Feeds

QLogic quarterly revenues down

But it turns a profit

Next gen security for virtualised datacentres

QLogic's first fiscal 2010 revenues were 27 per cent down at $122.8m with net income down 53 per cent to $15m - but at least it was a profit.

Comparisons with the year-ago quarter are all bad. Host products revenues - the HBAs - showed a 27 per cent drop to $88.3m, network products - FC and InfiniBand switches - recorded a 16 per cent drop to $25.0m, and silicon products fell 52 per cent to $7.4m.

Compared to the previous quarter, though, the results are much better. H K Desai, QLogic's CEO, said: "On a sequential basis, revenue from host products and netware products was flat and revenue from silicon products was down 46 per cent.

He thinks the financial outlook is improving: "Despite the fact that we continue to experience effects of the broad macroeconomic slowdown, we are encouraged by the signs of stability we are seeing. This includes a number of factors.

"First, we are seeing signs of stability in our business with our key OEM customers. Second, variety of spending in the second half of our calendar year 2009 and 2010 has stopped eroding and in certain cases has started to improve."

According to the earnings call transcript, Desai reckons QLogic has the largest installed base of Fibre Channel HBAs, with the lead increasing in the quarter: "QLogic achieved over 56 per cent revenue market share in Fibre Channel adaptors, a full 19 point lead over our nearest competitor (Emulex). This is the widest lead we have in our history."

He asserts that this installed base represents a great opportunity for QLogic's Converged Network Adapters (CNA) that run the Fibre Channel over Ethernet (FCoE) protocol. Customers will also need more and better adapters as they refresh their servers to take advantage of Intel Nehalem chips and virtualisation.

Desia sees much better financial weather ahead: "We are seeing clear signs of stableness within our business and this is reflected in the revenue performance of our host and network products in the first fiscal quarter and in our revenue guidance for the September quarter."

The guidance is for the next quarter's revenues to be $123m - $127m, which would be down 26 per cent - 28 per cent year-on-year but much better sequentially. QLogic, like Seagate, sees the recession bottoming out. But Desai sees flat revenues in the silicon business over the next three or so quarters.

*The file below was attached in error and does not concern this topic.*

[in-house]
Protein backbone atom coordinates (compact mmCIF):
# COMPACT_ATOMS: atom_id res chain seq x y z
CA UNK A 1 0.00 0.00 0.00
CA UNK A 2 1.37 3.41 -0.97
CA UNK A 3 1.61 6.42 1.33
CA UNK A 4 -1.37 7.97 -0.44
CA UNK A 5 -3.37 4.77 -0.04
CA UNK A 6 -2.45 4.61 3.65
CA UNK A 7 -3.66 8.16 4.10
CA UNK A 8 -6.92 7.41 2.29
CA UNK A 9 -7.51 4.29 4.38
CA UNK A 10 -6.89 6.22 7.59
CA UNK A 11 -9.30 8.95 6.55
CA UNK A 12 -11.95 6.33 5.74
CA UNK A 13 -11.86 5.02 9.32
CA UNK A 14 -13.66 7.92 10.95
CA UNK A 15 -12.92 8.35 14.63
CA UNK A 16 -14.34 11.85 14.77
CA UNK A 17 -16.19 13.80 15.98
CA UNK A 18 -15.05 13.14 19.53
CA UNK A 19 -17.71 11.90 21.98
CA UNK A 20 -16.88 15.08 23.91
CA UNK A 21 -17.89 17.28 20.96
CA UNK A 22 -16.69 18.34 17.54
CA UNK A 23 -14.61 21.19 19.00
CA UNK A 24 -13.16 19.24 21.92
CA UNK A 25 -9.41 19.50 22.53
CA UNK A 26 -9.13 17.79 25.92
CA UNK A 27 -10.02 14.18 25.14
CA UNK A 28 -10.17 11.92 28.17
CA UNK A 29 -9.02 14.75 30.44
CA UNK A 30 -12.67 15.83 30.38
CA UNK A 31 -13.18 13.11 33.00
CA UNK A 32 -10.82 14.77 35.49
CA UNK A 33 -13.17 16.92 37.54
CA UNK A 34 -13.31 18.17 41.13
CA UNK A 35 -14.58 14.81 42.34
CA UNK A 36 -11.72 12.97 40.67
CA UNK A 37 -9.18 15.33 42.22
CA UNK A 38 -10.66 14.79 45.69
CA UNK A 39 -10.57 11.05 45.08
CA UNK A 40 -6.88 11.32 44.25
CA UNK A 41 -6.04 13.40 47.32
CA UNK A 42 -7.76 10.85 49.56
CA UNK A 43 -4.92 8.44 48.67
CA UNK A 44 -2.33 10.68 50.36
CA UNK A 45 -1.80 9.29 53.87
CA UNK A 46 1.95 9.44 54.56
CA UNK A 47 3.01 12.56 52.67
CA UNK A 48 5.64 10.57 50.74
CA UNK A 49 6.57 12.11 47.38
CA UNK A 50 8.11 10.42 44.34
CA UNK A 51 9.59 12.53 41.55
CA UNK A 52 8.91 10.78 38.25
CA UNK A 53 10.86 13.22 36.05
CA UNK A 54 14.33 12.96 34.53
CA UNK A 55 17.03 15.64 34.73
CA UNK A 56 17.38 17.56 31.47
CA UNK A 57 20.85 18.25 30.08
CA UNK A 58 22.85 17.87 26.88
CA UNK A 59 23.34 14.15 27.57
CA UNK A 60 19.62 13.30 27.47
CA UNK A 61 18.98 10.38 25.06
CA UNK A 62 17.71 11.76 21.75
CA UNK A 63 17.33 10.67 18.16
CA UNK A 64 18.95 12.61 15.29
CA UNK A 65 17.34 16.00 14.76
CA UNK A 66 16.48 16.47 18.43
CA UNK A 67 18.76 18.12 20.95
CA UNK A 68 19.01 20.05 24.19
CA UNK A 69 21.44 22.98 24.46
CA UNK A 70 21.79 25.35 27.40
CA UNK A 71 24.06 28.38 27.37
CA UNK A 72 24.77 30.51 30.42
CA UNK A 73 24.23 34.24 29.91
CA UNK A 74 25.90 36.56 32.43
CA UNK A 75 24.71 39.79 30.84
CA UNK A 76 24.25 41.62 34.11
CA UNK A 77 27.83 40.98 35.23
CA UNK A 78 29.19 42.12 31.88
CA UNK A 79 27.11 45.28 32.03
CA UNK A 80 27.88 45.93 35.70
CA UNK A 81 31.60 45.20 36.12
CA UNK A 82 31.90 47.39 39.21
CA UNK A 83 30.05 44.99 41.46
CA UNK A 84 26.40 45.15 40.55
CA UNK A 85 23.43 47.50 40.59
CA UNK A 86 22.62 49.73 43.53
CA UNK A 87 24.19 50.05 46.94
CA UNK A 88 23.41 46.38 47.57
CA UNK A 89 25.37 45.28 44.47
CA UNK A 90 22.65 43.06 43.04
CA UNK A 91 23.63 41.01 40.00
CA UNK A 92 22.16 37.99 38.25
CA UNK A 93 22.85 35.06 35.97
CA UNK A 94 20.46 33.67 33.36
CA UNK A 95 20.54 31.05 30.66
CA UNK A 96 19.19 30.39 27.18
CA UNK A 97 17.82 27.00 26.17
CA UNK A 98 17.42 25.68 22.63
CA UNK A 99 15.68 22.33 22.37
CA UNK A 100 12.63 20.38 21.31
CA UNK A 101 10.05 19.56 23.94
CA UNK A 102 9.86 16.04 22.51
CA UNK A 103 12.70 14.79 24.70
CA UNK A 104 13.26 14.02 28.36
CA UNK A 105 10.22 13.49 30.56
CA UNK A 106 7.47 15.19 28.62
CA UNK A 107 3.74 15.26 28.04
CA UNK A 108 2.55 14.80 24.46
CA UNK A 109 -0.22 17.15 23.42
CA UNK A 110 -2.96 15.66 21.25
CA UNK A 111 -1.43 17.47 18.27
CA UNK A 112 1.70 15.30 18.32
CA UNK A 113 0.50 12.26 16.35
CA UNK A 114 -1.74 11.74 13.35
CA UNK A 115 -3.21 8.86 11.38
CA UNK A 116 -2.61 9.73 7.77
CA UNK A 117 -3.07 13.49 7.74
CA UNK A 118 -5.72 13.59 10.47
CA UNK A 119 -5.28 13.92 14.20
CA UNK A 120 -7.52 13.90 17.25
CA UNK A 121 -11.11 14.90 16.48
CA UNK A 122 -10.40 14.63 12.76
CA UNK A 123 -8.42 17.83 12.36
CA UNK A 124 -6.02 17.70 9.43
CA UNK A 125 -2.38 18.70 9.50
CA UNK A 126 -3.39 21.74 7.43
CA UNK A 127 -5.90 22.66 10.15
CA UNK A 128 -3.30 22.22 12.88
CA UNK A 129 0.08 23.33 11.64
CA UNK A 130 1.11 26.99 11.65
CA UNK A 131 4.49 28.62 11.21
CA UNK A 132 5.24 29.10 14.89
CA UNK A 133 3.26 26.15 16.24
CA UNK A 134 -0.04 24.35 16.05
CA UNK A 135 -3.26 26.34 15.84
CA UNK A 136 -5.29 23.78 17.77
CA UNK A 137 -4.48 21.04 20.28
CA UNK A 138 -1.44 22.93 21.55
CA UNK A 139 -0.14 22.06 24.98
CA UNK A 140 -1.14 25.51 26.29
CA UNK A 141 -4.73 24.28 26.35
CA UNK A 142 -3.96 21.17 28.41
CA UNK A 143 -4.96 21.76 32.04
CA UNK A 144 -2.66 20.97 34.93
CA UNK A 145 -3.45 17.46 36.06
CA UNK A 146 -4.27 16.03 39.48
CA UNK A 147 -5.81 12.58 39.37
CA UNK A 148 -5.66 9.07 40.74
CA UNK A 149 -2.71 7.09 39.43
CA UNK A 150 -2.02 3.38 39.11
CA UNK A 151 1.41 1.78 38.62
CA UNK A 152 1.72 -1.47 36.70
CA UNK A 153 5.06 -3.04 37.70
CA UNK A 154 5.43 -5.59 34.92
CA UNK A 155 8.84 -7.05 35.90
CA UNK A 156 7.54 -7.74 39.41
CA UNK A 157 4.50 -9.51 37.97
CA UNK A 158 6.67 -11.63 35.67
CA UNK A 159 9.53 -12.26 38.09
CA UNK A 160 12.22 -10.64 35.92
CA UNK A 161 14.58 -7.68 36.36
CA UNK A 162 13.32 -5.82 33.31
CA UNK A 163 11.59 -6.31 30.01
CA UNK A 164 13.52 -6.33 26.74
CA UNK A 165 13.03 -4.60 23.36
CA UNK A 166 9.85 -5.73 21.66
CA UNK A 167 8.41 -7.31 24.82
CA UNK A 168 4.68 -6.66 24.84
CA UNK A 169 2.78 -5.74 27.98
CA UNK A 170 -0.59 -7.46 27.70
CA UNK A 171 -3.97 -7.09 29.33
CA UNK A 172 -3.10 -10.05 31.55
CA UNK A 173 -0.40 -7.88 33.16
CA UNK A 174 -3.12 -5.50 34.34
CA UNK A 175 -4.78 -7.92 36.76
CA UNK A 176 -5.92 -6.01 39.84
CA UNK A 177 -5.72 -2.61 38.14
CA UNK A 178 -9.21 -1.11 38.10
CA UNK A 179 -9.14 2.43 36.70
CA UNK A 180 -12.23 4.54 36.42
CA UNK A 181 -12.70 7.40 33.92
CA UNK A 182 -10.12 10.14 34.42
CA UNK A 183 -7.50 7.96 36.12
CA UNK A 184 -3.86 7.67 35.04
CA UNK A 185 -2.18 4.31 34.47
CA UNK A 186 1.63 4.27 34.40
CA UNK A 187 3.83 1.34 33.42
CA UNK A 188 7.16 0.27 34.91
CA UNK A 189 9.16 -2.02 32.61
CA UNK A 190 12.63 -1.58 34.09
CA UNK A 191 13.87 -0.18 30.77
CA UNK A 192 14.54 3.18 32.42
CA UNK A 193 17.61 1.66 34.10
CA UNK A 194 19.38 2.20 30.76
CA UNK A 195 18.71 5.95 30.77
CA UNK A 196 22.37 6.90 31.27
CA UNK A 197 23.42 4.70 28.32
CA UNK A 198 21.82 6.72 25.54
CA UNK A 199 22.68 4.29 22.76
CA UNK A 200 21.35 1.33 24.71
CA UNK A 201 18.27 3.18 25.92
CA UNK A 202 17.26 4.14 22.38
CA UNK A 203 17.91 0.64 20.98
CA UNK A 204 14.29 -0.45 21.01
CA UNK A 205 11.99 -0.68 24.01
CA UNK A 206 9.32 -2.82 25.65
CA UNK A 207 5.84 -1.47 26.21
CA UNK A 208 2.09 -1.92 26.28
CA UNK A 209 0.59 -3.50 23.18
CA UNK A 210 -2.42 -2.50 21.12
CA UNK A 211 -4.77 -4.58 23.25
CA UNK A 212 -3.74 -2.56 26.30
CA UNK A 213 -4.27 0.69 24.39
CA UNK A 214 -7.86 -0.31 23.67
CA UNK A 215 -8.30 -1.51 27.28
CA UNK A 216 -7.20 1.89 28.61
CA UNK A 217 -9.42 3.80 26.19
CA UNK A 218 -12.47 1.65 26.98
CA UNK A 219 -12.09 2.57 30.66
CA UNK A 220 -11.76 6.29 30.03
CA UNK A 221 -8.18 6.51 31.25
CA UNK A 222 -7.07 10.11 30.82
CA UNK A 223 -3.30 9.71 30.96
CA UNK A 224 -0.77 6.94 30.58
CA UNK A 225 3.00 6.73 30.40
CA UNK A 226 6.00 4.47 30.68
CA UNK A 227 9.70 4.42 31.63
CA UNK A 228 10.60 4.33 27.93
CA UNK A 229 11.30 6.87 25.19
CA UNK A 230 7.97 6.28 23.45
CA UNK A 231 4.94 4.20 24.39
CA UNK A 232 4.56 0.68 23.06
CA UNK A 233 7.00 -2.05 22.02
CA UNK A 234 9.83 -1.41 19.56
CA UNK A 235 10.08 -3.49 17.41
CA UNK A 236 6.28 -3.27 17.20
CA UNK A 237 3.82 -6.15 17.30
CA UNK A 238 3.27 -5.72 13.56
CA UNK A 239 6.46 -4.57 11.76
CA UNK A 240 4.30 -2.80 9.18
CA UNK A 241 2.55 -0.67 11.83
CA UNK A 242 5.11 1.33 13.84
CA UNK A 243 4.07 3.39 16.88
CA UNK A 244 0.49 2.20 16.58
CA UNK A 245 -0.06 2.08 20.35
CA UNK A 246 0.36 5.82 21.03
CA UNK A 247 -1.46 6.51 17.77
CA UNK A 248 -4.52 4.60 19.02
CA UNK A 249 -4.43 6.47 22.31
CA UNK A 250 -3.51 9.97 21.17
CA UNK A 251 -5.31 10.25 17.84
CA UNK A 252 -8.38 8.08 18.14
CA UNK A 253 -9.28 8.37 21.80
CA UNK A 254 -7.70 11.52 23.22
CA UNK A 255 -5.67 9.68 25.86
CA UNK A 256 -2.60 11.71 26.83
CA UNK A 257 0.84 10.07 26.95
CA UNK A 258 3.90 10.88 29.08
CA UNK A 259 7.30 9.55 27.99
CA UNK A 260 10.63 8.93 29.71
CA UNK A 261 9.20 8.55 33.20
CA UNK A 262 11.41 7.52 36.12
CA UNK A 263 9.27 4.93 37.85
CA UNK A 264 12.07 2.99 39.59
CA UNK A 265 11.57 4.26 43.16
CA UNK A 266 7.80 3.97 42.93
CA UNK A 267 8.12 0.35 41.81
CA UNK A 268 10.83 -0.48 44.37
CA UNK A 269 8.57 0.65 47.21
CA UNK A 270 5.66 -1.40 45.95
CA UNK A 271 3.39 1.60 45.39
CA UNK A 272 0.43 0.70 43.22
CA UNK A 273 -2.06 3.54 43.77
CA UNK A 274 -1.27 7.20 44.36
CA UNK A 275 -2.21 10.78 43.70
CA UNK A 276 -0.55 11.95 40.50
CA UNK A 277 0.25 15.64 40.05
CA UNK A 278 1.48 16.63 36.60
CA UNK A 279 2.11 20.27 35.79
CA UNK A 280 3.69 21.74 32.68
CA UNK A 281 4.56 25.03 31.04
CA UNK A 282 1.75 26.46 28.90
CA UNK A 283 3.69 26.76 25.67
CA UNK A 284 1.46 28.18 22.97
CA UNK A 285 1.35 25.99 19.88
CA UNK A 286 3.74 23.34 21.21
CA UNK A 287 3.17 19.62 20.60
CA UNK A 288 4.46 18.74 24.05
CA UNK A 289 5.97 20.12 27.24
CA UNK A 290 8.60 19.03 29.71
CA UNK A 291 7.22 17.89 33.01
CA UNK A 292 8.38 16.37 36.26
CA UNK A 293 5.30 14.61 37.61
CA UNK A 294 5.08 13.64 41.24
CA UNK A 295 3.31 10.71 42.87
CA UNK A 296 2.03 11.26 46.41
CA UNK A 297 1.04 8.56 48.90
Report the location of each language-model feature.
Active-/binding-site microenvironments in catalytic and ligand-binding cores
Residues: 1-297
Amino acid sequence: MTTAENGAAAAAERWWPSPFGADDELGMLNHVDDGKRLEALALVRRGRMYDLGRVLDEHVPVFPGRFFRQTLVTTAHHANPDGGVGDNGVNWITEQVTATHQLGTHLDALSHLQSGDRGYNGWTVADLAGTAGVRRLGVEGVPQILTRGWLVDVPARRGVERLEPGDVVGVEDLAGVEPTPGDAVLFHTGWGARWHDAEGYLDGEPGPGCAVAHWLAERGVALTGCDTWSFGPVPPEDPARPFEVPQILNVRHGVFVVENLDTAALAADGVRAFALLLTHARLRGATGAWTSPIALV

A rise in SAS hard drive shipments will probably reduce demand for FC to SATA bridge chips and so affect QLogic's silicon business.

Analysts asked if Desai would consider licensing QLogic's FCoE technology to a competitor, meaning Broadcom, hungry for FCoE technology after being rebuffed in its Emulex takeover attempt. He replied: "If they can give us a billion dollars, I probably can license my Fibre Channel. I’m talking billion, not million." ®

The essential guide to IT transformation

More from The Register

next story
The Return of BSOD: Does ANYONE trust Microsoft patches?
Sysadmins, you're either fighting fires or seen as incompetents now
Microsoft: Azure isn't ready for biz-critical apps … yet
Microsoft will move its own IT to the cloud to avoid $200m server bill
Oracle reveals 32-core, 10 BEEELLION-transistor SPARC M7
New chip scales to 1024 cores, 8192 threads 64 TB RAM, at speeds over 3.6GHz
US regulators OK sale of IBM's x86 server biz to Lenovo
Now all that remains is for gov't offices to ban the boxes
Object storage bods Exablox: RAID is dead, baby. RAID is dead
Bring your own disks to its object appliances
Nimble's latest mutants GORGE themselves on unlucky forerunners
Crossing Sandy Bridges without stopping for breath
prev story

Whitepapers

Implementing global e-invoicing with guaranteed legal certainty
Explaining the role local tax compliance plays in successful supply chain management and e-business and how leading global brands are addressing this.
7 Elements of Radically Simple OS Migration
Avoid the typical headaches of OS migration during your next project by learning about 7 elements of radically simple OS migration.
BYOD's dark side: Data protection
An endpoint data protection solution that adds value to the user and the organization so it can protect itself from data loss as well as leverage corporate data.
Consolidation: The Foundation for IT Business Transformation
In this whitepaper learn how effective consolidation of IT and business resources can enable multiple, meaningful business benefits.
High Performance for All
While HPC is not new, it has traditionally been seen as a specialist area – is it now geared up to meet more mainstream requirements?